I personally have chosen the bridge illustration
The Key to Using a Gospel Story
The key to using gospel scripts is to know ONE “inside out”so that your explanation is crystal clear, but doesn’t seem scripted.
Meaning that you can use it
- at any given moment,
- can “do it in your sleep”
- without having to think too hard.
- without hyperventilating
- without forgetting where you are out.
- without a fear of lack of words or not knowing what to say.
Once you are deeply familiar with one, then add another one to your skill set.
The Problems with memorized gospel stories
1. Theological debates
Some will find fault with the theology of certain gospel presentations.
No script is able to capture the full richness of the gospel in 3 or 4 propositional points.
While I think all of us would agree on the main points, some of the theological nuances will be points of difference.
For example, I know people who think the Four Spiritual Laws is wrong because it starts in the wrong spot.
Others believe the gospel is all about law and sin, and so the starting point must be the 10 commandments.
Each of these scripts deal with the problem of sin, but how they discuss sin is often related to some theological presuppositions.
For example, read are you a Genesis 3 Christian? Would sin have been the best starting point for her?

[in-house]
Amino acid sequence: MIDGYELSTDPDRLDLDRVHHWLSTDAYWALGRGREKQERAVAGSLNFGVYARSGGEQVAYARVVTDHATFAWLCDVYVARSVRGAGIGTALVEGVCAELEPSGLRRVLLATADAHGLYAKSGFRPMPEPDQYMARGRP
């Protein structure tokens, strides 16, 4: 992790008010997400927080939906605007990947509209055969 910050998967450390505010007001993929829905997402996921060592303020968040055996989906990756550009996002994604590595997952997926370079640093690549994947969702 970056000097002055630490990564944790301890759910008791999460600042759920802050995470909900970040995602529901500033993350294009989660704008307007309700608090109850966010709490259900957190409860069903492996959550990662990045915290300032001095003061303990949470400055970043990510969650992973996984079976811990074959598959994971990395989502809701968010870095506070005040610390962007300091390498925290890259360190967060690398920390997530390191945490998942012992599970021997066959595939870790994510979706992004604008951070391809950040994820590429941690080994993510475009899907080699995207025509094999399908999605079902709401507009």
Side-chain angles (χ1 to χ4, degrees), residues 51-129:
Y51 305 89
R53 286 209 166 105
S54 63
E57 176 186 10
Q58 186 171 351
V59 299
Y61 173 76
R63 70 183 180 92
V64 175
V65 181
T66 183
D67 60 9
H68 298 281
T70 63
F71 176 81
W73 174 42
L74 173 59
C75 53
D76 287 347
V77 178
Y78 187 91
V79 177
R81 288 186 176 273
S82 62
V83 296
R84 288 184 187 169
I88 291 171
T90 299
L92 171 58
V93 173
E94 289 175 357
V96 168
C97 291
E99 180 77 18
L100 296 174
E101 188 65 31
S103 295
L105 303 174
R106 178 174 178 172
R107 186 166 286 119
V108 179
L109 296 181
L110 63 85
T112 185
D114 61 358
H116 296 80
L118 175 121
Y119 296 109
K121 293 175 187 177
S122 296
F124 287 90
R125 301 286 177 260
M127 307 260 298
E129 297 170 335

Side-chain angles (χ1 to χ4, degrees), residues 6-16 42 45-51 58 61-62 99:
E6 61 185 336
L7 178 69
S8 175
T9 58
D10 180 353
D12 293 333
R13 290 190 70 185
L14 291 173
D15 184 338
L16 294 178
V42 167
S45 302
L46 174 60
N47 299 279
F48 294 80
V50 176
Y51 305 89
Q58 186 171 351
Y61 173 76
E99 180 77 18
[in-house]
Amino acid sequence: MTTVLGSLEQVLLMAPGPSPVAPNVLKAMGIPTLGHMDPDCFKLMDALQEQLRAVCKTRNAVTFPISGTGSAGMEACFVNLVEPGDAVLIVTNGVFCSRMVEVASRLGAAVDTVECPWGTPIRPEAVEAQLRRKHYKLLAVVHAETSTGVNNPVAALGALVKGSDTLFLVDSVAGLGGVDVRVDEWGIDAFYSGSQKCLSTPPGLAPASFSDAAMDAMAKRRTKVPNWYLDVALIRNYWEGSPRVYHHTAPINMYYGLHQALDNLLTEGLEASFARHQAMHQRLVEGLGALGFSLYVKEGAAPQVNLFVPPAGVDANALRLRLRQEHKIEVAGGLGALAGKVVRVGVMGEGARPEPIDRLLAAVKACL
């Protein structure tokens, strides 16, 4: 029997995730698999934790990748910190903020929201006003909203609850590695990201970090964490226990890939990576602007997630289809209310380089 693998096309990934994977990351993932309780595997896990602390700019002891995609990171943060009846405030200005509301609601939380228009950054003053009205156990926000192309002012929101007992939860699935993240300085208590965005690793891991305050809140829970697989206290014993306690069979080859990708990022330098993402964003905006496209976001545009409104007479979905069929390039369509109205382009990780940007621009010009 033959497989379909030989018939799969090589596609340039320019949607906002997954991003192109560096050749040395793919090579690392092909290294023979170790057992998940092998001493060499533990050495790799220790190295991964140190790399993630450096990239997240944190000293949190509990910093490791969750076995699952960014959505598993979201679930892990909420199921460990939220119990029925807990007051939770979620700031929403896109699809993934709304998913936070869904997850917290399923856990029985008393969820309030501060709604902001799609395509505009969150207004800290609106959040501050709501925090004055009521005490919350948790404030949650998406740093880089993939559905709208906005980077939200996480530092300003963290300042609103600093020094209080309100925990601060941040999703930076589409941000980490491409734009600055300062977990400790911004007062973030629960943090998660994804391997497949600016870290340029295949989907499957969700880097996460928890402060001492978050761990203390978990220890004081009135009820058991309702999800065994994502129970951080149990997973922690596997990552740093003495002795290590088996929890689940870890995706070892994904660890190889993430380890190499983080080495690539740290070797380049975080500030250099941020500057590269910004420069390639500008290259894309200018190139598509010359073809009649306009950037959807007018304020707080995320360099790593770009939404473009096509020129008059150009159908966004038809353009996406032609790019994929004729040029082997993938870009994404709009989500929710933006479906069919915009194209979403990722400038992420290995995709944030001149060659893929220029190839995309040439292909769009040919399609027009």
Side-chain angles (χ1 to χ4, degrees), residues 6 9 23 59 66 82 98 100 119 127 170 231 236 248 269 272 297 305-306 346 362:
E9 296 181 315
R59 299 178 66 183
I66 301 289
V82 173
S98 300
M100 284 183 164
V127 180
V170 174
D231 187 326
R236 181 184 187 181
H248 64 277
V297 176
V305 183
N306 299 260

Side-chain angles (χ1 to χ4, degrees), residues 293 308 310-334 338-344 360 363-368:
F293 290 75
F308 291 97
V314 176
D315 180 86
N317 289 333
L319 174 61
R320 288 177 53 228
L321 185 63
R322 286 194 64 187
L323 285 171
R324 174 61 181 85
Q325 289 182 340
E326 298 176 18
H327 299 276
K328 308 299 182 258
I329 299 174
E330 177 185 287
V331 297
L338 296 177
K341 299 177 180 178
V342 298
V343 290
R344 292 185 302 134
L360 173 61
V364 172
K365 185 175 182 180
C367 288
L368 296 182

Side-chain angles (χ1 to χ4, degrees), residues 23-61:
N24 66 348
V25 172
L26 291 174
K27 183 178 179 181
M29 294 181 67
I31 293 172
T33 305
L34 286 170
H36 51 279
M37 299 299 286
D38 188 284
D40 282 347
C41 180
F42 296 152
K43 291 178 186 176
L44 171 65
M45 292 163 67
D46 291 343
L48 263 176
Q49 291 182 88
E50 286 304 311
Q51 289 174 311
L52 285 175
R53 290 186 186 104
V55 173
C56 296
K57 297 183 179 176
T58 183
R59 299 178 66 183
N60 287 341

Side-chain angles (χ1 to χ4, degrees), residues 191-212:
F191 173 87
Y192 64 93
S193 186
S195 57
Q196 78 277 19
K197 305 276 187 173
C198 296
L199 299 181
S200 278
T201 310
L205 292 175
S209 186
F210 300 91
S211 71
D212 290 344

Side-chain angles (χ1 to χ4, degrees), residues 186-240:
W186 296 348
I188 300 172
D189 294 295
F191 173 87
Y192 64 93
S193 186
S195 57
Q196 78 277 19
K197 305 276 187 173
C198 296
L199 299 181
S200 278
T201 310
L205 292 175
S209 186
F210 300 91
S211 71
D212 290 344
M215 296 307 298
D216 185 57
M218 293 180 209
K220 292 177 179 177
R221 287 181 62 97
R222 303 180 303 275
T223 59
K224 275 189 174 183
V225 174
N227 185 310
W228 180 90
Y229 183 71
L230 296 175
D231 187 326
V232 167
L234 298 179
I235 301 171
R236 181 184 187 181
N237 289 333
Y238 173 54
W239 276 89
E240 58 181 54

Or for a different point, where would you start the gospel with a member of an indigenous tribe who doesn’t have a Western worldview, but worships an alligator?
The solution is to find a gospel version that fits your theological stream that you can be comfortable with.
2. Using scripts by rote memory.
Following a script as exactly as possible can be as impersonal as calling a 1-800 number for customer service.
The customer service person in the remote call center has a script to follow, who doesn’t cares what you really need or are really asking.
For the user who is following the script as strictly as possible, the give and take of the conversation messes it up.
This leads to interior anxiety and frustration because it’s out of line.
I’ve talked with some who think a presentation doesn’t work (as if the gospel presentation is a magic formula) unless it’s followed exactly, which means there can be no give and take of a discussion.
I’ve encountered others who place so much emphasis on the right presentation, that their “conversations” are actually monologues led by their own rhetorical questions.
When we follow a script, we have to listen to the “customer” (don’t get carried away with my analogy) and respond appropriately with love. Conversational evangelism is sharing the good news of the gospel, not a canned product placement pitch.
Let me ask you this
Which script of those listed above do you know inside and out?
If you don’t know one, commit this week to learn one.
Want to watch more of my teaching on Spiritual Conversations?
This teaching set (download or DVD) can help you have more effective conversations with people when you discern where they are in their spiritual journey. Knowing where they are can help relieve the pressure of any conversation about Christ. Click the banner to read more.